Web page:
Because this is a new possible health hazard in the work place no one has medical data to give a diagnosis which would set regulations in place. I am very concerned because it seems employers are not.

    2. Post

      Hi Jon,

      There are no known damaging effects on the eye from the lasers used in checkout scanners. These are classified as type 2 lasers and typically require over 1000 seconds of uninterrupted exposure to the same spot on the eye to cause any damage. Two things prevent this level of exposure:
      1. There is a normal aversion reflex after 1/4 second of viewing any object
      2. These are scanning lasers and are constantly moving

      There are two types of radiation:
      1. Ionizing as found in x-rays and microwaves. These have enough energy to disrupt electrons from atoms and cause cumulative damage that adds up with each exposure
      2. Non ionizing radiation. This the type that the infrared light in the bar-code scanners could potentially cause. Non ionizing radiation creates damage with intense enough exposure but is considered to be related only to each incident and not cumulative from exposure below damaging levels.

      All of the above aside, it is just plain stupid to aim the things at people. Even visible light we are exposed to on a daily basis outside probably has some damaging effects that are cumulative over the course of a lifetime. These are small effects and walking by a road is much, much worse for your health. I would still try to get everyone on board with using them in a more cautious manner. As a consumer I don’t like getting a bar code flash in my eyes, and that is bad business for a lot of folks.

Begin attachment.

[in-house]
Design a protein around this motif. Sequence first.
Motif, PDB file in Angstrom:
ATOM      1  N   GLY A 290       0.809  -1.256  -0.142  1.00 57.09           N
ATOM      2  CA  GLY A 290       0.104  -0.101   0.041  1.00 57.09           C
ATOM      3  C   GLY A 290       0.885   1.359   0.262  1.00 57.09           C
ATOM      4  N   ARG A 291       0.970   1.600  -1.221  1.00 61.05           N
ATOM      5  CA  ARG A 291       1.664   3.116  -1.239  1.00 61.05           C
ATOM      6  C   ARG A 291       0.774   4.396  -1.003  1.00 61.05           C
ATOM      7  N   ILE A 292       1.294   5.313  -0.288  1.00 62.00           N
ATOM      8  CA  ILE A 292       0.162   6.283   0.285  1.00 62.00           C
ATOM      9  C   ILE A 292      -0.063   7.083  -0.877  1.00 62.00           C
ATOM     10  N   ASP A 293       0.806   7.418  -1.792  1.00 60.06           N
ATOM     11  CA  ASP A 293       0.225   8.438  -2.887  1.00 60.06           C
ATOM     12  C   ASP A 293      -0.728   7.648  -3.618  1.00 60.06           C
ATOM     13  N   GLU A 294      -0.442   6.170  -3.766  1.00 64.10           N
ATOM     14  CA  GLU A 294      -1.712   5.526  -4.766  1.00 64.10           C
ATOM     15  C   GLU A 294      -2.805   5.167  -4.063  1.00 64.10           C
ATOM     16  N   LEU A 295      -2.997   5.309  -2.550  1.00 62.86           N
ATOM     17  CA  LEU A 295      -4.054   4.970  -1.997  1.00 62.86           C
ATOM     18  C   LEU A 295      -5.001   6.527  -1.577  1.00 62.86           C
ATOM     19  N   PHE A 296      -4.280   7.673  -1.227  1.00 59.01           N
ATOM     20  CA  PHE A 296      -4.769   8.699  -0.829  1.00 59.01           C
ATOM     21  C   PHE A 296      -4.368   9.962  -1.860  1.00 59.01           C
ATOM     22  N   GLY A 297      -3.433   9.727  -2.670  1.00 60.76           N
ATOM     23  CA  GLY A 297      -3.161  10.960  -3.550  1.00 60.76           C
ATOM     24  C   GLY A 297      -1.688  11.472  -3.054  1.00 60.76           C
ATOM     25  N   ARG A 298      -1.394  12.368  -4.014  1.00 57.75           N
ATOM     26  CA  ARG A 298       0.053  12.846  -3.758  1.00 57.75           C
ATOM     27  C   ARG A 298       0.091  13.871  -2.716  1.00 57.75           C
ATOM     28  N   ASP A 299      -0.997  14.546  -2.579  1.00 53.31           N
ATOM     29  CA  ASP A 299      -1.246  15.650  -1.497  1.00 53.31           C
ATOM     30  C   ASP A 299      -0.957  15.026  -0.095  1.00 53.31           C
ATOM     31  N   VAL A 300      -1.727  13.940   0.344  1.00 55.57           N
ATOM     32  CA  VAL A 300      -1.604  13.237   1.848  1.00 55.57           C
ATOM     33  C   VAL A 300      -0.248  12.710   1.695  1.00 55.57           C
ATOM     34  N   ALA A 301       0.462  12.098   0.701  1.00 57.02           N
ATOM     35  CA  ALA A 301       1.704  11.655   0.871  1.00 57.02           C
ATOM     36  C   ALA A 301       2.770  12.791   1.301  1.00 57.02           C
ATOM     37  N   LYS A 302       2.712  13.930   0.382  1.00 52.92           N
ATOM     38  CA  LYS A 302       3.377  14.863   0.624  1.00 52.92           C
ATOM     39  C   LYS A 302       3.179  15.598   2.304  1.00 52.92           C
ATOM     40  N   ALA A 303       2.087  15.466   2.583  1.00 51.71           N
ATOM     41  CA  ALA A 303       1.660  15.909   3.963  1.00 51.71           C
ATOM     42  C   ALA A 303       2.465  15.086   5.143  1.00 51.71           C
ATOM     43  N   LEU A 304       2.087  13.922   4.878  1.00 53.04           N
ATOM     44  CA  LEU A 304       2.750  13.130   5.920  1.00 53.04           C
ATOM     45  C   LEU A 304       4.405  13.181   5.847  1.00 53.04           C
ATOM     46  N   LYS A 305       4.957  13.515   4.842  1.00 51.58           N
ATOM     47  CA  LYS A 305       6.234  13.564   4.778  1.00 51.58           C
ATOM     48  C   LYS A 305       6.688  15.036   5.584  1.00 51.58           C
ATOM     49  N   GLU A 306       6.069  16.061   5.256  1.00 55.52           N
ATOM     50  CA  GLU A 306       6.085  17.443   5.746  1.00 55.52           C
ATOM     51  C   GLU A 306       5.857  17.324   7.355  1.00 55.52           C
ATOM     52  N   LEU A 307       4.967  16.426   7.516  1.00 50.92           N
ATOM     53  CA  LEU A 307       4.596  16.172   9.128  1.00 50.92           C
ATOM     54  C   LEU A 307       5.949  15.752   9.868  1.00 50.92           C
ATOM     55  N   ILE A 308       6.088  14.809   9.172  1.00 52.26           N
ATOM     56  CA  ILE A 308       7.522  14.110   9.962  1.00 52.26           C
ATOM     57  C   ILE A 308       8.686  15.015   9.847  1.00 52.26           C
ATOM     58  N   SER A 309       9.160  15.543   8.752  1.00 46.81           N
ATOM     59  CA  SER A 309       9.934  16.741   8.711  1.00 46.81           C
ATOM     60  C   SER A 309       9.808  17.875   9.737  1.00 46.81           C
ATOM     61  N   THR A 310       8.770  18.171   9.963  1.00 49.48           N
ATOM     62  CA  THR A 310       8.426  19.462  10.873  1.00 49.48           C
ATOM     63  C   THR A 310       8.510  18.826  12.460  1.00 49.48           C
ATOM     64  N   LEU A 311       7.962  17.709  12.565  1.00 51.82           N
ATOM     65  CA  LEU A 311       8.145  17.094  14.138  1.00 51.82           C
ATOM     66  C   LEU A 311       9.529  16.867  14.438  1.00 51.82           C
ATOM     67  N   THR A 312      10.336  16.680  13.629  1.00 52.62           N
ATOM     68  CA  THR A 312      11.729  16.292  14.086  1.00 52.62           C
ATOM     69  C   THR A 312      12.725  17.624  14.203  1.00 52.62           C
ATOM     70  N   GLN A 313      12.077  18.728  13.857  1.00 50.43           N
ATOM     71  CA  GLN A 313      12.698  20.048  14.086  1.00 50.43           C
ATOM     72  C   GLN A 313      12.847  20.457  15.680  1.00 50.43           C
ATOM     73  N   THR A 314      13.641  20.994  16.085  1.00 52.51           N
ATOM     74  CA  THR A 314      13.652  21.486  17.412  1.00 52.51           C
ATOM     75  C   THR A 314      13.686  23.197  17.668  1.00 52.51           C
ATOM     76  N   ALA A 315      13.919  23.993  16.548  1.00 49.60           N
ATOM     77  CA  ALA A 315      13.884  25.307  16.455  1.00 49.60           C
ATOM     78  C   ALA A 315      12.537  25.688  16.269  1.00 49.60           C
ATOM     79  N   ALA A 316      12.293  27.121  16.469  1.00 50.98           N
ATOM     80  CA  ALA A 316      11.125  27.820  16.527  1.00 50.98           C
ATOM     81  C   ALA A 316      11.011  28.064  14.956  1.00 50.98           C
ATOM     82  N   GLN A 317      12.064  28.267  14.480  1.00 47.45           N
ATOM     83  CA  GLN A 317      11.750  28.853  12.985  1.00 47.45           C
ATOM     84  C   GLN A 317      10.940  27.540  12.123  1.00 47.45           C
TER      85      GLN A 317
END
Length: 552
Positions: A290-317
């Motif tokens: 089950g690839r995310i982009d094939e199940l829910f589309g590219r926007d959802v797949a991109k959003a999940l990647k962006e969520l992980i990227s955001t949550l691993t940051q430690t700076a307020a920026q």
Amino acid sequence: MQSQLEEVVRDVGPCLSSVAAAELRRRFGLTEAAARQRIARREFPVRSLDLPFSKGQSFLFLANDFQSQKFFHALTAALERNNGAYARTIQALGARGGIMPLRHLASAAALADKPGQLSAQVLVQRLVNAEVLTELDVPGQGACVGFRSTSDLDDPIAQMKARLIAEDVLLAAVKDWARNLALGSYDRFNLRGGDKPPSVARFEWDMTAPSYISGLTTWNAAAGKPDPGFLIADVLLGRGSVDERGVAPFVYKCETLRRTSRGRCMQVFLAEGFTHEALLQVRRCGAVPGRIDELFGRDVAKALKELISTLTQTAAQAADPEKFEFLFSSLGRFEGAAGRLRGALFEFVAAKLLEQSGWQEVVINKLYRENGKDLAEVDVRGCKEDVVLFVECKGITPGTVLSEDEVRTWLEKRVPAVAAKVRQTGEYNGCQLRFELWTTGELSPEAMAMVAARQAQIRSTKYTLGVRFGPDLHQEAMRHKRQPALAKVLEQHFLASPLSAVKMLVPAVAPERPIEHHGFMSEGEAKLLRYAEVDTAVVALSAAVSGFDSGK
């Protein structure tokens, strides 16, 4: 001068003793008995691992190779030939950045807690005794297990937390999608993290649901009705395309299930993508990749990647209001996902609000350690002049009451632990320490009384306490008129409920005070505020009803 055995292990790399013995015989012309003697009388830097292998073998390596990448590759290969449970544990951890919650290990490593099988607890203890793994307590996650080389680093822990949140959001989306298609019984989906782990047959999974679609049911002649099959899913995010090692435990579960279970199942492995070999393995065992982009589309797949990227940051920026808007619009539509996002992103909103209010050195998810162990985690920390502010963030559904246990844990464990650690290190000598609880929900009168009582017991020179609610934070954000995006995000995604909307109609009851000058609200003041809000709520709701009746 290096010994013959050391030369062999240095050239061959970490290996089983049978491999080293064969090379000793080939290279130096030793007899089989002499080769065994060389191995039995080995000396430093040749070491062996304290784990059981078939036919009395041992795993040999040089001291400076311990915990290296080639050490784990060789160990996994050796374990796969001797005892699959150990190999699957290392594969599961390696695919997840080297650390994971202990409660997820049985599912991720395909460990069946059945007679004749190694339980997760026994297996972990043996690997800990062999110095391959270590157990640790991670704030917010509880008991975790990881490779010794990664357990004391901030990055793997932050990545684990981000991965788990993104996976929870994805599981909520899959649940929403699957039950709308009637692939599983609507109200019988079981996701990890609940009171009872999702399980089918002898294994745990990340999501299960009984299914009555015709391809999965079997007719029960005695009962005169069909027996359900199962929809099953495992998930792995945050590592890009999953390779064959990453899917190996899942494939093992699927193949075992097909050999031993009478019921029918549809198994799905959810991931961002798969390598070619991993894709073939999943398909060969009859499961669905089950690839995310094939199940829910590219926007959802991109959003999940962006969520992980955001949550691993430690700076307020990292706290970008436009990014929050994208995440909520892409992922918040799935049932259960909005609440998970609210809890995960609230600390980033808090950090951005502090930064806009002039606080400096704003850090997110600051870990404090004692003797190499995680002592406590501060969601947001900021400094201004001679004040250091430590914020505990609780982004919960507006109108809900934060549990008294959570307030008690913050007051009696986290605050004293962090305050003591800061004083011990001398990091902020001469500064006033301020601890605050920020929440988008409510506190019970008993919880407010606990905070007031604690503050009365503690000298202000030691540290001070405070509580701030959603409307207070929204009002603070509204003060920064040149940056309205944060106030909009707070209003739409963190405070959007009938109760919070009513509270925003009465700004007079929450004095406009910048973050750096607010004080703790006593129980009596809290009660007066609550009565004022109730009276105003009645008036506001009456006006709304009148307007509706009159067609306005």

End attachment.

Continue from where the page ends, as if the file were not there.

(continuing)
Best Wishes


      I work at FedEx where employees use bar code scanner alot. I also stay concerned of the fact of them doing damage to my eyes. So are these bar code scanner also classified as class II and safe?

    4. Post
      Dr. Kisling

      Hi Roy,

      Most bar code scanners are class 1, some are class 2. I don’t know which FEDx is using but I don’t believe you have anything to worry about. I looked at them within the last year and it is just about impossible to find cases of eye damage. I would not recommend staring at them but I really doubt you are at any risk. Even intense visible light can cause small amounts of damage but it takes at least a few minutes of staring at a highly intense light. Very few people will look at a bar code scanner or visible light for long enough to potentially create a problem. Safety with a class 2 bar scanner comes from several different factors:
      1. Very low power output
      2. Visible light (red)
      3. The natural blink reflex
      4. The LASER oscillates typically across 30 -40 degrees or more making it impossible to stare at for the time period necessary to create retinal damage

      While I have not heard of it happening, if the oscillation mirror failed you possible could stare at the LASER long enough to create damage but you would pretty much have to do this by intent. You would probably notice the shimmering effect from the oscillation was absent if this had malfunctioned.

      Best Wishes!